Whatever you call it, it’s still beautiful. Weber and Willson’s respect for the landscape under and around their projects, as well as the energy the structures will consume when occupied, informs their whole approach to design and is almost a philosophy in itself: from the way their voluminous spaces align with and celebrate the world outside, to the materials they use and then allow to remain exposed.
But when the context is a remote ridge disconnected from the electrical grid, without a road big enough for flatbed trucks, their thinking needed to be as free as the site itself.
To minimize disturbance to the hillside for the Off-Grid Guest House, they decided to lift the hill up, like the trunk of a car, and slide the house into it, so the landscape would literally flow onto the roof. “What’s amazing is that from the first concept drawing [the design] didn’t change,” recalls Weber. “It takes a lot of unique circumstances to have that happen. It’s got to be the right blend of owners and designers.”
In May, Anacapa’s Off-Grid Guest House was one of 12 residences selected in the American Institute of Architects’ (AIA) 2019 Best New Homes competition, in the category of One- and Two-Family Custom Homes. Simon Ha, of Steinberg Hart Architecture and one of the AIA judges, says the Off-Grid Guest House was chosen not only for its beautiful design but also for the way the architects fit the house into the context of the environment. “They took a holistic view of how to place the house on an untouched hillside,” says Ha. “It was the sensitivity of how the house was placed. Viewed from the street, you really wouldn’t be able to see it. What you would see are the native plantings on the roof.”
There is modesty to the design, and on top of that, it’s energy-efficient, relying on photovoltaic panels, a septic system, and a well. The grass roof hides the house from view and keeps it cool in the summer.
While residences continue to inspire and challenge Willson’s creativity, half of Weber’s projects now fall into the commercial and hospitality column.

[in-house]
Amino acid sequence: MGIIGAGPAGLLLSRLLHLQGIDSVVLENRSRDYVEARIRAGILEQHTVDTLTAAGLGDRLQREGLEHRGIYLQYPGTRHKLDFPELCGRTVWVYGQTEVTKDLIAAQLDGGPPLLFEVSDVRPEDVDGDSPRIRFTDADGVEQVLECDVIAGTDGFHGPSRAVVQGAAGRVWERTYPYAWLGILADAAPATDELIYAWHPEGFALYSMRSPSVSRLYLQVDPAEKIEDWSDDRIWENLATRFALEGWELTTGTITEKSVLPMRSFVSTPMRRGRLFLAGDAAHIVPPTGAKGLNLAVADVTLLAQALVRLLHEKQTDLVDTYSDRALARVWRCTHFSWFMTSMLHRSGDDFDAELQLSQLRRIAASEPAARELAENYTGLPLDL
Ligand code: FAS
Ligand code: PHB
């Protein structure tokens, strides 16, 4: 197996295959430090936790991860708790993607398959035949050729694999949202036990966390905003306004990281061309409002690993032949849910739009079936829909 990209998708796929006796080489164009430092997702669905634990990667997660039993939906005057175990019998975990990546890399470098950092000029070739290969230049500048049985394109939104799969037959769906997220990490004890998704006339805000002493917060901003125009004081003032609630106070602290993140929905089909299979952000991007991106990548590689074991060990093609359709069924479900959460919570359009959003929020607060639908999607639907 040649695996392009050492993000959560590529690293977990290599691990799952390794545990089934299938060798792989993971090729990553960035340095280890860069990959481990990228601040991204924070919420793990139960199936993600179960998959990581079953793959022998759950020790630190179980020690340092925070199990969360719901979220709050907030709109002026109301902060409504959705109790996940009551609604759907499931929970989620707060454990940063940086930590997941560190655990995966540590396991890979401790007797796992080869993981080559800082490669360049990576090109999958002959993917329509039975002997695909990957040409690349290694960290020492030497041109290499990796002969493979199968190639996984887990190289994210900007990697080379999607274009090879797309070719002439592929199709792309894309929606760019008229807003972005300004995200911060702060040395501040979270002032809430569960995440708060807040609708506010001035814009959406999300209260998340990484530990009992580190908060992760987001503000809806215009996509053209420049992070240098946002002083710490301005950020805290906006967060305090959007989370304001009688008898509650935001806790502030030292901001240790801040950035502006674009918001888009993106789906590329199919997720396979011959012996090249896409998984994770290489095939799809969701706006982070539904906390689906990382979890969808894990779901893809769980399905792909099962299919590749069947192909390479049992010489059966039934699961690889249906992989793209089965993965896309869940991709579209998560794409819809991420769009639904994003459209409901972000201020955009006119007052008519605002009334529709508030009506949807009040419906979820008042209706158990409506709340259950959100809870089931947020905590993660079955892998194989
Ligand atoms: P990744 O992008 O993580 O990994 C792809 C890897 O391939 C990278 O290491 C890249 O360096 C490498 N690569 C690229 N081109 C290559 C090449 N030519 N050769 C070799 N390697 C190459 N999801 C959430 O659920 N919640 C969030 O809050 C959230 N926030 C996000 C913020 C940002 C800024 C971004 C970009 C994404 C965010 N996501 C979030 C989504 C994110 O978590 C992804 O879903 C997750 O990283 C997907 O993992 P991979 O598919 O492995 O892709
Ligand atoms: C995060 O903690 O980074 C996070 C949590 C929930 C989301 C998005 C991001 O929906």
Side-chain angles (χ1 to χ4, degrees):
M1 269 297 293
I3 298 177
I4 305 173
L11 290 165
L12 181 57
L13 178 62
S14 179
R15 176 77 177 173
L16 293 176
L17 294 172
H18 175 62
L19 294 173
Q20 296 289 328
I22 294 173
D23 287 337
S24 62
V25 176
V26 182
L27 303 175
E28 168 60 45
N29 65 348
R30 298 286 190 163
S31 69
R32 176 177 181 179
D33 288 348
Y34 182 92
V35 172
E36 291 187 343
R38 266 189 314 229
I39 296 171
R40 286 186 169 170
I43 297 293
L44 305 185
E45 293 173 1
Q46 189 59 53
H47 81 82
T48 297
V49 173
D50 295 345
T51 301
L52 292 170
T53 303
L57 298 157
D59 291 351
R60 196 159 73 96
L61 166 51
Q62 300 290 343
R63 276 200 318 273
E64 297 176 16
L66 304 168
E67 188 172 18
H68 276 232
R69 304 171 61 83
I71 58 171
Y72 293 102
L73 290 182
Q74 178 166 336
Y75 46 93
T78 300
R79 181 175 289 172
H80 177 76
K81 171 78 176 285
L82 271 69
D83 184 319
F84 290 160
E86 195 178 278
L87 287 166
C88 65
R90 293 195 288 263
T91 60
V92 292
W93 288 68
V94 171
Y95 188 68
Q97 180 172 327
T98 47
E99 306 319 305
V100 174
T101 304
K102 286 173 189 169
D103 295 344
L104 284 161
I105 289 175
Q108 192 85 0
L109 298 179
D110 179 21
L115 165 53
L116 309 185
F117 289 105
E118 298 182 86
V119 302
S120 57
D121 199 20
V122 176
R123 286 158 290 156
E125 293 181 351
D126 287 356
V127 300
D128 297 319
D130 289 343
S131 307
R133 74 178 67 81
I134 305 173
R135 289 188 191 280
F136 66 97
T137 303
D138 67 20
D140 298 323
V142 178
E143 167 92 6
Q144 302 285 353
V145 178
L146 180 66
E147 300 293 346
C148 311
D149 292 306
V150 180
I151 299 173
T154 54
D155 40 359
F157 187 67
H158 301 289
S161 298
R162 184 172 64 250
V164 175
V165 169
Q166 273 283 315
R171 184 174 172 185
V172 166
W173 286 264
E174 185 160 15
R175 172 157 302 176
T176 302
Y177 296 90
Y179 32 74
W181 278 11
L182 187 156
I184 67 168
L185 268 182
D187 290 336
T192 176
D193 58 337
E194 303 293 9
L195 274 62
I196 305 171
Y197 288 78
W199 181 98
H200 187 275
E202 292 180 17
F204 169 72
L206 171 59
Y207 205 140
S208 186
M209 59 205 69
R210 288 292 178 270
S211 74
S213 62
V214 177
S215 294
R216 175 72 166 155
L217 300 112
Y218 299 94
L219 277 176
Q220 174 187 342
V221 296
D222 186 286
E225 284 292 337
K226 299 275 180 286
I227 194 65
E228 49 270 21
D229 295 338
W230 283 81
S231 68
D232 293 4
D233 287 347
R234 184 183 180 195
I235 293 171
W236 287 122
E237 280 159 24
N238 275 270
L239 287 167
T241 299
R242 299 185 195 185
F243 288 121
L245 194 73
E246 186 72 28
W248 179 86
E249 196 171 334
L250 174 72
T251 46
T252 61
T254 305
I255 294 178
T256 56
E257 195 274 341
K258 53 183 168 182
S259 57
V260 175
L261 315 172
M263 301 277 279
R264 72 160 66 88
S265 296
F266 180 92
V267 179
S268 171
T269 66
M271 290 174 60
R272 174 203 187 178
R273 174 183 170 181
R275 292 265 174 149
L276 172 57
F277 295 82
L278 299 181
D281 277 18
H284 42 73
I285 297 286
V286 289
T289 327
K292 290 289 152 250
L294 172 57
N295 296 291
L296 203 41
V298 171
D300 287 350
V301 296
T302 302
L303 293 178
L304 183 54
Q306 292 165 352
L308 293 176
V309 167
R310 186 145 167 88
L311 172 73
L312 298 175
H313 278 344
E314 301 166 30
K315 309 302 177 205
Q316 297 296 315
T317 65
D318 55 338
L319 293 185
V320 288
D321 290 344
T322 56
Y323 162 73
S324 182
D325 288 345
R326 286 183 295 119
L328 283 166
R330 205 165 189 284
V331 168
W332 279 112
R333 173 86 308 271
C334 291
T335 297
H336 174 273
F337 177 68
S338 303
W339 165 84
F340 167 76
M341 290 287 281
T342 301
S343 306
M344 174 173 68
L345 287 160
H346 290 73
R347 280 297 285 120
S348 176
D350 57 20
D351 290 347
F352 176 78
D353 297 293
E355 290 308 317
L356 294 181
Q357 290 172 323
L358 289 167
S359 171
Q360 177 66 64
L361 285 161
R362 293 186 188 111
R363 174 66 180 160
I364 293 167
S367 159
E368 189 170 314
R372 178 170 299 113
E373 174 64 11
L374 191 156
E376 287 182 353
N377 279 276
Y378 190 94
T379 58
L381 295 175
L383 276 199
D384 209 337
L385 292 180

“I’ve never aspired to do single-family residences,” Weber admitted. “You spend all this time and effort and money and heartache and get a really great product, but the only people who experience it are the one privileged couple, and maybe their kids and a couple of guests lucky enough to be invited,” he says. “That’s not that gratifying to me.”
Weber would rather spend the same amount of energy designing spaces that will affect many more lives, spaces like Impact Hub, the shared workspace he helped design in downtown Santa Barbara.
“Thousands of people get to be inspired by that. Not only is [Impact Hub] hosting workshops, inviting the community into the space, and using it as a forum for community gatherings, but it has also spurred energy in the downtown.”
Meanwhile, he’s provided the layout and designed clubhouses for two Northern California Autocamp hotels — Autocamp Russian River and Autocamp Yosemite. The concept couples the upscale boutique hotel with the silver sparkle excitement of Airstream culture. And it’s catching on, appealing particularly to millennial couples whose dreams of chucking everything for “van life” come to a screeching halt when they accept that it would mean giving up their jobs. At Autocamp, they can experience van life for the weekend.
Weber’s capacious clubhouses provide solidity and sophistication to a concept that might otherwise be taken as a fad. The horizontal spaces and openings to the outdoors allow the trees to take center stage, while the untreated wood reflects the quiet presence of the forest.
The prospect of having a greater impact on communities by designing commercial and even public projects inspires Weber to imagine more novel ways of arranging space, aesthetically nourishing buildings that encourage people to live imaginatively, work with inspiration, and connect with others meaningfully.
“It’s a field with such opportunity to be impactful,” Weber says. “The amount of effort [that it takes] to achieve one level of impact, versus the much smaller effort required for a far greater positive impact on the community, that’s the exciting thing about commercial projects, especially the ones that touch a lot of people’s lives.”